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What's your advice for stressed-out Lea?

Tom and Ray can repair clutches -- but can they help with collegiate angst?

This week on Car Talk, we heard from Lea, calling from Mount Holyoke College, in our Fair State. You can hear Tommy share her plight right here and, then, you can hear Lea's ensuing call right here.

(Car Talk Plaza news flash: At this point, our producers insist that we remind you that the show was an encore presentation, and Lea's a bit older now.)*

Lea's question? What's a woman to do, when the stresses of grades, classes and achievement is sucking all the fun out of life?

Can Tom and Ray help her get a better perspective on what really matters in life, as Lea contemplates four long years in her looming collegiate career -- not to mention, those years beyond? Were our hosts right in telling her to forget about grades, forget about her parent's expectations, relax and have a little fun?

Have you ever been in Lea's Docksiders? What worked for you? Tell us what you think!

*and doing very well, thank you very much. We'll even ask her to chime in, right here.

For all the Lea’s out there. some financial aid may be dependent on your maintaining a better grade. A’s are a good way to prove that you are really working at the educational experience and are worthy of the assistance of the rest of us real taxpayers.

Leon Stark

Geez-you guys completely missed the obvious question: Who was paying her tution?
A. She paid her own way
B. Her parents paid

A. Lea paid, took out loans etc then you guys are NUTS! She needed to be 100% focused on nothing but A’s and choosing a good grad school.Fun? Nope, but poverty isn’t much fun either-just ask an Art History major. No place called Mt. Holyoake is going to be cheap-buckle down, grow-up and your horse is going to need to a job to help pay for books and student fees (maybe he can be hitched up to the MG and pull it around).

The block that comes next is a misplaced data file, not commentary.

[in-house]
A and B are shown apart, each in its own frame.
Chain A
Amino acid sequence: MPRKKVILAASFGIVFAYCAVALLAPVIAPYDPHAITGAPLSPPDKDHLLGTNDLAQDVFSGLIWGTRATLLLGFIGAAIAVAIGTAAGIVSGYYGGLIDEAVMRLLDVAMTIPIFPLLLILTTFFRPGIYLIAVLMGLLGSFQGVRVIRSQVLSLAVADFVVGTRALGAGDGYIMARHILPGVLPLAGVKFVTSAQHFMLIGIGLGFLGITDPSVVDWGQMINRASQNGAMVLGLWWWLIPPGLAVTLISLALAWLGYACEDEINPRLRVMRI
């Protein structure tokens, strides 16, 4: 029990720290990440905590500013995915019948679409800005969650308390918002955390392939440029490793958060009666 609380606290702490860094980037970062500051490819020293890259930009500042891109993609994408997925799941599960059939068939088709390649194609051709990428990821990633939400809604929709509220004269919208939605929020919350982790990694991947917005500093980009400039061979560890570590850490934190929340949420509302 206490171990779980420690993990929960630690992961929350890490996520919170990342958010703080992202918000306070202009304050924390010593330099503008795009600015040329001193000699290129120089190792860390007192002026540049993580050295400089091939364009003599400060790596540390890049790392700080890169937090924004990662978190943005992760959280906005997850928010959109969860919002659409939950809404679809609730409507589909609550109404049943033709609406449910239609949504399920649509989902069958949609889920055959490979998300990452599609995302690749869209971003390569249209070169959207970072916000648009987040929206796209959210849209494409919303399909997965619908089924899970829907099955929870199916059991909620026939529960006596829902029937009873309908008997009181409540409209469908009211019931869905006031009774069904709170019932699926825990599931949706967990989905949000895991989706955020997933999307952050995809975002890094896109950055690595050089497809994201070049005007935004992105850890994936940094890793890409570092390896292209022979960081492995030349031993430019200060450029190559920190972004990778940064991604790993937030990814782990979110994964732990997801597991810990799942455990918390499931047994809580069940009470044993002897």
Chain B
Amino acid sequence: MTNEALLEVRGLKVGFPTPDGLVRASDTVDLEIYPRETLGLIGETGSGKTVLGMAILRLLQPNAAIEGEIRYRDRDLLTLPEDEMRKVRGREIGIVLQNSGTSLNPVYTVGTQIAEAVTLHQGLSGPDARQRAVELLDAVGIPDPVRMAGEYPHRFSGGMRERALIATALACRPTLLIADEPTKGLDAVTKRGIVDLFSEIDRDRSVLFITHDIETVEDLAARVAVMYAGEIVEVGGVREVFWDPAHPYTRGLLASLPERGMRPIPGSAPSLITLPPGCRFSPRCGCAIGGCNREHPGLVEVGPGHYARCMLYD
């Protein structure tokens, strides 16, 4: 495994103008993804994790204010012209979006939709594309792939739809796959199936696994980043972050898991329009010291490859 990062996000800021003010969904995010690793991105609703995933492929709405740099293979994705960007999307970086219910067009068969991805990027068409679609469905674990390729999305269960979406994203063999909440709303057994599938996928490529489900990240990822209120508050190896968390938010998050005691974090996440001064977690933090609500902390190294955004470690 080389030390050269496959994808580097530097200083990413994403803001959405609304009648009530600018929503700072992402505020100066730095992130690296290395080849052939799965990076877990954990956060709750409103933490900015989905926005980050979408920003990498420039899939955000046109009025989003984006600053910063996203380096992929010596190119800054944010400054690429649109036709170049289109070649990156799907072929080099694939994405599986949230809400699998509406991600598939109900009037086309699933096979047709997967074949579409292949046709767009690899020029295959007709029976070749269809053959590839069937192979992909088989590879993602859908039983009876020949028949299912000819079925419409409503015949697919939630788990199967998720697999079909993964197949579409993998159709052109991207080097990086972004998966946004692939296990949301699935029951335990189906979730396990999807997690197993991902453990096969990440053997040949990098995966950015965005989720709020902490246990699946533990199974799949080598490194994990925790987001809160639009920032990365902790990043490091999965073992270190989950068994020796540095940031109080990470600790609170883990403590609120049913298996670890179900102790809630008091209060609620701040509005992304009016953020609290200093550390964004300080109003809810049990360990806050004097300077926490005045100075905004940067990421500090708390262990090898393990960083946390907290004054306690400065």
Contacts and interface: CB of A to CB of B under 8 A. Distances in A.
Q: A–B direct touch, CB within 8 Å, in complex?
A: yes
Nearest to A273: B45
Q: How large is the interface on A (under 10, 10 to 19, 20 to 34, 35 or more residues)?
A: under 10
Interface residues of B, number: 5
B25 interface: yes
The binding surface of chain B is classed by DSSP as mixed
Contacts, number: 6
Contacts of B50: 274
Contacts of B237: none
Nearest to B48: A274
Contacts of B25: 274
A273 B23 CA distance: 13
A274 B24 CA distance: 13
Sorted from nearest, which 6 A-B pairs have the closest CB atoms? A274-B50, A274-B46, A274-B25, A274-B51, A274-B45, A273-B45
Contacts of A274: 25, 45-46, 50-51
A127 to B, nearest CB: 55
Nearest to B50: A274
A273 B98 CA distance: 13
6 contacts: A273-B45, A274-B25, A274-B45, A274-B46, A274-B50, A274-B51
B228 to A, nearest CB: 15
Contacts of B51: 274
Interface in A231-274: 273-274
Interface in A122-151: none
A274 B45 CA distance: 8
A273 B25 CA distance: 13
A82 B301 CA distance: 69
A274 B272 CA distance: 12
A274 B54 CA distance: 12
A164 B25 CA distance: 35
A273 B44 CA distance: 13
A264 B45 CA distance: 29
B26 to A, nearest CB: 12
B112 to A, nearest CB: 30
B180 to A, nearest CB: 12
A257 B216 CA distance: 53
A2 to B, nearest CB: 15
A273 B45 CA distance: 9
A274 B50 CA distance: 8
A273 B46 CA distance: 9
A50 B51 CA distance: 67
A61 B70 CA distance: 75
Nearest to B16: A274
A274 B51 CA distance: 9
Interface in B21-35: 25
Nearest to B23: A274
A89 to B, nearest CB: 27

B. Drink. Sleep. Have fun! Hey, this might be the only chance you will ever get. You won’t have to sell your horse on eBay to make ends meet so relax. Be thankful, but don’t grow up too fast.

Yes, I’ve been in Lea’s docksiders. And I have to say first, I love you guys. I’ve listened to you for years, bought your CD’s as Xmas presents for my husband, and you are just a joy. That said, when I heard you read Lea’s letter and listened to the rest of the clip, I was dumbfounded. The problem with letters is they don’t convey nuance, and what I heard in that letter was a desperate kid reaching out for help. (The fact that my daughter went to Mount Holyoke, was on the Equestrian team, and had a serious meltdown in her freshman year probably skewed my response, as does my own history with clinical depression). But I came away from listening to your program in shock, very frightened that this was a young girl in serious trouble (possibly suicidal–she did mention “waiting for death”) and that the response of backing away and laughing–which please understand is totally in character with the show, and so I am not pointing fingers–might prove really dangerous. My husband had also heard the show and thought it was hysterical and was taken aback by my negative reaction. I came on this site and registered just so I could comment, but I had to leave the house to go to a meeting. Thank God on the way I had the radio on and heard Lea call in. I was reassured that she wasn’t in imminent danger, and very touched that you guys offered to act as “her mentors.” I know you will follow through, and I think you may very well be a lifeline to her.